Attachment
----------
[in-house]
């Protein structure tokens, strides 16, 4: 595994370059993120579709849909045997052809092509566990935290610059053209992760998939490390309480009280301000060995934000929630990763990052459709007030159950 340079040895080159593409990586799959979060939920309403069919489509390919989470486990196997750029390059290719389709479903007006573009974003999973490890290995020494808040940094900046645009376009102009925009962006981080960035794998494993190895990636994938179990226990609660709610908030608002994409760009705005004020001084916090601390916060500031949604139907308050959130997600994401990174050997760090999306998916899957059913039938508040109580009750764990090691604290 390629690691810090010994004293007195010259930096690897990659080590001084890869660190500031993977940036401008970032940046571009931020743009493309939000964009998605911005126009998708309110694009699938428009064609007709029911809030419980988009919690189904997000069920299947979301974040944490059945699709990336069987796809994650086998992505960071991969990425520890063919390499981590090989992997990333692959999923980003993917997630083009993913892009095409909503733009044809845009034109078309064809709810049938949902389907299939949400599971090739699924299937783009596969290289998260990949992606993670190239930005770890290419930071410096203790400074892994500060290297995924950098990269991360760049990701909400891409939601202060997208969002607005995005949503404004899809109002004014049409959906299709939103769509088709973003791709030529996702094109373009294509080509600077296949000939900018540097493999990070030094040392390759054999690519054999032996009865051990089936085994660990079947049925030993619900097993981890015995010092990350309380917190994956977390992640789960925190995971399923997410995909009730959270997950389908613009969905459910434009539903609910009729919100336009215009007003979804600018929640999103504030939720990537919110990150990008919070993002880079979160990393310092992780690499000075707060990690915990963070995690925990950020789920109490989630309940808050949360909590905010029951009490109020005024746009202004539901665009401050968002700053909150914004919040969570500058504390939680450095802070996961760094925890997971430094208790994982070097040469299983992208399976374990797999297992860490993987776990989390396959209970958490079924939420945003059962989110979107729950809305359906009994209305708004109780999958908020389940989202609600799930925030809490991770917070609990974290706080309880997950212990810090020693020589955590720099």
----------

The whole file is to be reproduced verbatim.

[in-house]
């Protein structure tokens, strides 16, 4: 595994370059993120579709849909045997052809092509566990935290610059053209992760998939490390309480009280301000060995934000929630990763990052459709007030159950 340079040895080159593409990586799959979060939920309403069919489509390919989470486990196997750029390059290719389709479903007006573009974003999973490890290995020494808040940094900046645009376009102009925009962006981080960035794998494993190895990636994938179990226990609660709610908030608002994409760009705005004020001084916090601390916060500031949604139907308050959130997600994401990174050997760090999306998916899957059913039938508040109580009750764990090691604290 390629690691810090010994004293007195010259930096690897990659080590001084890869660190500031993977940036401008970032940046571009931020743009493309939000964009998605911005126009998708309110694009699938428009064609007709029911809030419980988009919690189904997000069920299947979301974040944490059945699709990336069987796809994650086998992505960071991969990425520890063919390499981590090989992997990333692959999923980003993917997630083009993913892009095409909503733009044809845009034109078309064809709810049938949902389907299939949400599971090739699924299937783009596969290289998260990949992606993670190239930005770890290419930071410096203790400074892994500060290297995924950098990269991360760049990701909400891409939601202060997208969002607005995005949503404004899809109002004014049409959906299709939103769509088709973003791709030529996702094109373009294509080509600077296949000939900018540097493999990070030094040392390759054999690519054999032996009865051990089936085994660990079947049925030993619900097993981890015995010092990350309380917190994956977390992640789960925190995971399923997410995909009730959270997950389908613009969905459910434009539903609910009729919100336009215009007003979804600018929640999103504030939720990537919110990150990008919070993002880079979160990393310092992780690499000075707060990690915990963070995690925990950020789920109490989630309940808050949360909590905010029951009490109020005024746009202004539901665009401050968002700053909150914004919040969570500058504390939680450095802070996961760094925890997971430094208790994982070097040469299983992208399976374990797999297992860490993987776990989390396959209970958490079924939420945003059962989110979107729950809305359906009994209305708004109780999958908020389940989202609600799930925030809490991770917070609990974290706080309880997950212990810090020693020589955590720099």